Immigrants are entitled to social services. Katrina victims are entitled to disaster relief. Americans at large are entitled to be taken care of before those in other countries.

If you remove that premise, what do you have? Suppose nobody has a right to take from me and you--or anyone else--without our say-so. Note: I'm not saying there's anything wrong with giving immigrants a helping start. Not saying there's anything wrong with massive relief efforts for victims of natural disaster. Not saying there's anything wrong with various forms of assistance for Americans at large, or "taking care of our own," first.

But stealing from me, you and every other productive person renders all of those things the spoils of theft--not the charity from good and kind people those things should be.

I don't have a right to stop an immigrant from crossing a line on a map--except as it concerns my own property; which means: I also don't have a right to steal your property or anyone else's to help them. I don't have a right to stop you or anyone else from giving your last nickel to help a disaster victim, but I have no right to compel you to "give" a single nickel either, and no one has a right to compel me.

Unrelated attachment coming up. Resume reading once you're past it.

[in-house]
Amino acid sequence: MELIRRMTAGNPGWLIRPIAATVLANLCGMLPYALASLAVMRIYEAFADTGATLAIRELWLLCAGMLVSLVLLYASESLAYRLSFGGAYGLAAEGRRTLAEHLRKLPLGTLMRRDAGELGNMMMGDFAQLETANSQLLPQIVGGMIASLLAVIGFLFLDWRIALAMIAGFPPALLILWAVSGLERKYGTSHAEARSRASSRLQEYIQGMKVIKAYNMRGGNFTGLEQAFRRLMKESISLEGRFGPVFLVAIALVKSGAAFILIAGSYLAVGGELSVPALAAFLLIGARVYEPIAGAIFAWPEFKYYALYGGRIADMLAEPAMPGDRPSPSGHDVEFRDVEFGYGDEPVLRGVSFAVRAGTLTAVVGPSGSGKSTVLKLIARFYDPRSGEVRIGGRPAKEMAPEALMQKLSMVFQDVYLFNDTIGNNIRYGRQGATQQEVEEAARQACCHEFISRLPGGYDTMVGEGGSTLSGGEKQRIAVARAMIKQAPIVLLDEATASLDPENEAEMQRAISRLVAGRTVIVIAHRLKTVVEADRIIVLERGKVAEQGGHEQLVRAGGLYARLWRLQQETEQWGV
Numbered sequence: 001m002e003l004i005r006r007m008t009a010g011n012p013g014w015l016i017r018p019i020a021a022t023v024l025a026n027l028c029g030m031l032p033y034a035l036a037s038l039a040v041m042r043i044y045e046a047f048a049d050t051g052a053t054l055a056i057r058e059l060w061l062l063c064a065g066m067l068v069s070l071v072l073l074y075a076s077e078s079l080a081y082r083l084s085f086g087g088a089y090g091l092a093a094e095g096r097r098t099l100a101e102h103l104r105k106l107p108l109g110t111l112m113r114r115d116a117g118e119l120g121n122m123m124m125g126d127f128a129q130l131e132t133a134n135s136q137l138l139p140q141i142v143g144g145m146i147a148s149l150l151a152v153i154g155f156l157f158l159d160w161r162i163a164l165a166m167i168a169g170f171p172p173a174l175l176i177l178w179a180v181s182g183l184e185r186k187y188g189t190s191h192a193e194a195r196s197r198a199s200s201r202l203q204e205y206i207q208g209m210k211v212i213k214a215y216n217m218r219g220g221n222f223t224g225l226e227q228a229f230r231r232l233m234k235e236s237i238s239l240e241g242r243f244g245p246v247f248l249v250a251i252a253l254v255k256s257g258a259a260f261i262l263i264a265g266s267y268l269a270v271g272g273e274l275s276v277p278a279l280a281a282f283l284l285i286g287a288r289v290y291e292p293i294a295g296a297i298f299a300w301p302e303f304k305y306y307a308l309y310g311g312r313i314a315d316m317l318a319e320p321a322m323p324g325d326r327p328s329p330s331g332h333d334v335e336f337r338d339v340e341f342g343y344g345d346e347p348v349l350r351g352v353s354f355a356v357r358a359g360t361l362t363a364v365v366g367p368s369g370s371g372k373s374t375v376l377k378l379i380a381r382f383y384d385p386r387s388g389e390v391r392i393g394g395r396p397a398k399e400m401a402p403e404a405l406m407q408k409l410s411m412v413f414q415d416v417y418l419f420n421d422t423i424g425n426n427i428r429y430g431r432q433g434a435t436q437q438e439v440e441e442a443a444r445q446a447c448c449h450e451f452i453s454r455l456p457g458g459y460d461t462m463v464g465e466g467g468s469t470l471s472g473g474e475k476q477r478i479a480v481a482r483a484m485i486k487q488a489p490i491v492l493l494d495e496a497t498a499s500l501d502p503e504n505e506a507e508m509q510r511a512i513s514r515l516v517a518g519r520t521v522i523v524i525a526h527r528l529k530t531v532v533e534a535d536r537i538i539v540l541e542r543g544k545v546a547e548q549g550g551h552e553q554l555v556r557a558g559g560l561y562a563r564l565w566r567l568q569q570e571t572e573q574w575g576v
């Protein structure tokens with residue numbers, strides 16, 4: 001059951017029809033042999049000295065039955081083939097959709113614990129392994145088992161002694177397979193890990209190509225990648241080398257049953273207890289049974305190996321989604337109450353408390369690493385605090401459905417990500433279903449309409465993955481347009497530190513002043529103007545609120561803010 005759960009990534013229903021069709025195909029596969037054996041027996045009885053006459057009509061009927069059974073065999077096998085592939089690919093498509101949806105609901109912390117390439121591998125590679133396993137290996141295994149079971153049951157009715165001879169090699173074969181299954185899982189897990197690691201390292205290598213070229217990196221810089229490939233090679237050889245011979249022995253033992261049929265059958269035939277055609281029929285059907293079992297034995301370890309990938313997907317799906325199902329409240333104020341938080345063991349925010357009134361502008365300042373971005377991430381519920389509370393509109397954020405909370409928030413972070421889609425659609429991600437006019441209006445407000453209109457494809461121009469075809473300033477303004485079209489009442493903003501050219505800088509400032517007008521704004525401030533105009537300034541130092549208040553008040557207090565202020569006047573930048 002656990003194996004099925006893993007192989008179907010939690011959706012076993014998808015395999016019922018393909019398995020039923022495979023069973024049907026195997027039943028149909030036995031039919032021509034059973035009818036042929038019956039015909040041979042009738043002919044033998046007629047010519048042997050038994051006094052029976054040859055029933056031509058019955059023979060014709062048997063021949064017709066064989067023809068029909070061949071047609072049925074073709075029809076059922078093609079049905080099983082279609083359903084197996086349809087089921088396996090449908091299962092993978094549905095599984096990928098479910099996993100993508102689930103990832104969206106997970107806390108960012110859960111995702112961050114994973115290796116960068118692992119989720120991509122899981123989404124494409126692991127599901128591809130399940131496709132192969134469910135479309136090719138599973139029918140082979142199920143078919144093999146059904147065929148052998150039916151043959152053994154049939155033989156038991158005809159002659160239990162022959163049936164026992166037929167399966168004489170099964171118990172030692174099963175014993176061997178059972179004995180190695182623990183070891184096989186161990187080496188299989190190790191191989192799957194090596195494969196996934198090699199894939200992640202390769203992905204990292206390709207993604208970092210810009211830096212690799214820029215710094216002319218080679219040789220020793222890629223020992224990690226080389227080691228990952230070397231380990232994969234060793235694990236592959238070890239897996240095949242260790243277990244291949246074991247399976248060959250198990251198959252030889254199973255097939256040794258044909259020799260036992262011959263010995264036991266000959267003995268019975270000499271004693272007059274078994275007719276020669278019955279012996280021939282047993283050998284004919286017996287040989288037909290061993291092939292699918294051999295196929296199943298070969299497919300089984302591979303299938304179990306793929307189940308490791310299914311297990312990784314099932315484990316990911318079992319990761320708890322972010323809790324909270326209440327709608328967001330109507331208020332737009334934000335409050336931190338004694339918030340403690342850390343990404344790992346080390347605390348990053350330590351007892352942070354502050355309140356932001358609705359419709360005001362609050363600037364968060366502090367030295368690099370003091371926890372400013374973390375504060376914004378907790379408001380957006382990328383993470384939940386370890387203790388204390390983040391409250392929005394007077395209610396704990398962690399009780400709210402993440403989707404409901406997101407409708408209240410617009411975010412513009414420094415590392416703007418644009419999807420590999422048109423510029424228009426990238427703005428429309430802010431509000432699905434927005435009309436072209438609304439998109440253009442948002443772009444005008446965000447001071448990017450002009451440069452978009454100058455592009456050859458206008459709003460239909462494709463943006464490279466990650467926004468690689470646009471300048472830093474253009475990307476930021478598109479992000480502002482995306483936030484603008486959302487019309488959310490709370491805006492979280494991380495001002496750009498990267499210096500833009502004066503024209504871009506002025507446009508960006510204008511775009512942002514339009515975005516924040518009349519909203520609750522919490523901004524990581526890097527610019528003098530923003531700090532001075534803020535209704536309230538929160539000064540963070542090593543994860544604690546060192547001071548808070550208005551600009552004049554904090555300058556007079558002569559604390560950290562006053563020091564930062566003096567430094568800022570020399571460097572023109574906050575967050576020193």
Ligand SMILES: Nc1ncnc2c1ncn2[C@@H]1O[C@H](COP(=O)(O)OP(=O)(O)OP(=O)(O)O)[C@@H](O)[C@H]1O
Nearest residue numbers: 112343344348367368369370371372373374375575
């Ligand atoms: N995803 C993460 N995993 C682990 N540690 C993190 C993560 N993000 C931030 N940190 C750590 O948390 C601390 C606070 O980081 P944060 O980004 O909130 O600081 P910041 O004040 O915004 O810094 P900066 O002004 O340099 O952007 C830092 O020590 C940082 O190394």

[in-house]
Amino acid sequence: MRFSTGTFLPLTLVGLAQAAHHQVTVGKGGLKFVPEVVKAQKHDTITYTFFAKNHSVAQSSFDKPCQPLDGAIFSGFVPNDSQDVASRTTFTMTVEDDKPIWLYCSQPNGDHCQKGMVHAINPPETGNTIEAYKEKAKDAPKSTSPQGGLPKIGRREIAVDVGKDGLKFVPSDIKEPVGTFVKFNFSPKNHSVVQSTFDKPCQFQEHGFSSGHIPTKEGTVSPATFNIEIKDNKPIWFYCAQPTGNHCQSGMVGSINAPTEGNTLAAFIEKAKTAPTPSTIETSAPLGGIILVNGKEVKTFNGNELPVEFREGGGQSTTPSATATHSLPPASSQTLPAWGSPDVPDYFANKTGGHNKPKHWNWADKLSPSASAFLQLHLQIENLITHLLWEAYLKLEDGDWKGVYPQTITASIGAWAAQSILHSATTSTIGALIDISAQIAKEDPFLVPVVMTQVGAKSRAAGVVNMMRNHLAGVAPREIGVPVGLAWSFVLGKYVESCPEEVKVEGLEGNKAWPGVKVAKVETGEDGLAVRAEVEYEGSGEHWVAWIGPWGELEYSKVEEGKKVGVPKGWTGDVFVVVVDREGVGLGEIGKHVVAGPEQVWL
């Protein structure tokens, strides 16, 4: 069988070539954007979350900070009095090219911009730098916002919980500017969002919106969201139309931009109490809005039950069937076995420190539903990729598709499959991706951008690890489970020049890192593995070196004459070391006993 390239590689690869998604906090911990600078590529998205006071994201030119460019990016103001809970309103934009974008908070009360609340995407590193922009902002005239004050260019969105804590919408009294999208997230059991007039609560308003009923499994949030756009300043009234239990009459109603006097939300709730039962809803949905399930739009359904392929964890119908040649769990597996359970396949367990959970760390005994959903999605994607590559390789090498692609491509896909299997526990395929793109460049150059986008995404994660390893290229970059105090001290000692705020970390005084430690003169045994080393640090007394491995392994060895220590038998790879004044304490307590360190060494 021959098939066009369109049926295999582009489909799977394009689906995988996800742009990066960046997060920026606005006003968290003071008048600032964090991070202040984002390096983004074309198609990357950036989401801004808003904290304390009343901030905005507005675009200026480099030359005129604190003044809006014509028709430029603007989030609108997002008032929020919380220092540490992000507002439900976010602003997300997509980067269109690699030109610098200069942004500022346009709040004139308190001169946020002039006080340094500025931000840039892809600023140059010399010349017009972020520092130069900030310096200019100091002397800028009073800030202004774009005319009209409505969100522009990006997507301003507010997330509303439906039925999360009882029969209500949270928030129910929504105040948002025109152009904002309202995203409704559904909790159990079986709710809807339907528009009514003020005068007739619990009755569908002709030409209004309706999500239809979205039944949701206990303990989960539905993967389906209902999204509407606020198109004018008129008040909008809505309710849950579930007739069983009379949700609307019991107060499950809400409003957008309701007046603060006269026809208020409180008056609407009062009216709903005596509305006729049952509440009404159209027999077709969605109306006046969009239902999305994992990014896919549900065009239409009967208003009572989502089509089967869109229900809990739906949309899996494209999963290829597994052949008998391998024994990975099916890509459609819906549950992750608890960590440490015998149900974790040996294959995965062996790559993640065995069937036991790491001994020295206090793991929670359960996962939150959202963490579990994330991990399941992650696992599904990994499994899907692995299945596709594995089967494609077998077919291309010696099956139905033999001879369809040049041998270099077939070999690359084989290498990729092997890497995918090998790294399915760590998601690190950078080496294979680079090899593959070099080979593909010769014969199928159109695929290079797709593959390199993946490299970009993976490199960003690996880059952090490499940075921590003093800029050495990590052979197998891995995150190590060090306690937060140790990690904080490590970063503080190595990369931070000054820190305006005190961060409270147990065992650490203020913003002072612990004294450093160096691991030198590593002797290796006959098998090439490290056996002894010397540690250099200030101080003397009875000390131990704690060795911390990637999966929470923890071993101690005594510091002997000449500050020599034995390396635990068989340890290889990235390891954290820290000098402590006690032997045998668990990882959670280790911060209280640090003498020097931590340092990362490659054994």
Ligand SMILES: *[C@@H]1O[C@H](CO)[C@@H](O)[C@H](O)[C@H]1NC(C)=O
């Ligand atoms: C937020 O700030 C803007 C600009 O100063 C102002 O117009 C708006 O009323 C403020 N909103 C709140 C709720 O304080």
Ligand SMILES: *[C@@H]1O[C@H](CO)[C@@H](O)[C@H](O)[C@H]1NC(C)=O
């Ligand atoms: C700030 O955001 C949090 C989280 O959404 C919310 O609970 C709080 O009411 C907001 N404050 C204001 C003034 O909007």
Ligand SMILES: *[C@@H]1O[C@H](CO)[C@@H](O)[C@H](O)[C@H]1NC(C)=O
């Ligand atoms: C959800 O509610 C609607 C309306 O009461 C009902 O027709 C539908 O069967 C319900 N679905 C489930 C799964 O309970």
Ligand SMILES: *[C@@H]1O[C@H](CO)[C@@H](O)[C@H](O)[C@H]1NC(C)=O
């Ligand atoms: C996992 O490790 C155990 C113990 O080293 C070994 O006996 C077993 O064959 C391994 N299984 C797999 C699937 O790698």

Taxation under threat of force tarnishes, ruins and embitters everything that American charity--the greatest in the history of the world--was supposed to be.

Theft is always stupid. It's a shortcut that undercuts the benevolent humanity underlying all genuine charity.

Dear Lawbreakers:

Yes; I'm talking directly to you.

See, I'm reading and hearing a whole lot lately about how sacred are the "laws of the land." ...How respectful and reverent we must be and how solemn must be our demeanor when contemplating the dire warnings of crumbled civilizations brought about by the prospect of lawbreakers!!! Well, dear reader:


Do you own a computer? An Internet connection? Browse the Internet? Ever shop? Buy anything online? Ever not be charged sales tax, like from Amazon, or a private purchase on eBay or the like? Yes? Uh...and did you calculate your sales tax liability over the entire year of purchases and send in a check to your governor? Do you send in a check for purchases you make in other states with no sales tax or a lower sales tax while traveling or on vacation?


Online purchases from sites like and eBay may seem to arrive in a state of untaxed bliss. But the law actually requires shoppers to pay their own state's sales tax rate--the concept is called a "use tax"--and voluntarily cough up the exact amount owed each year at tax time.


New York state has added a line to income tax returns requiring all residents to calculate how much they should pay on Internet, mail order or out-of-state purchases. The threat is explicit: Anyone who creatively underestimates will face stiff penalties if an audit occurs.

"If you've written zero or left it blank, during the audit we're going to make you produce your financial records, bank statements, credit card statements," said Michael Bucci, a spokesman for the New York Department of Taxation and Finance. "If we find out you have made purchases you haven't reported to us, not only are you going to be liable for the amount owed, the tax liability, but also interest and penalties, which...could be up to three times as much as what you actually owe."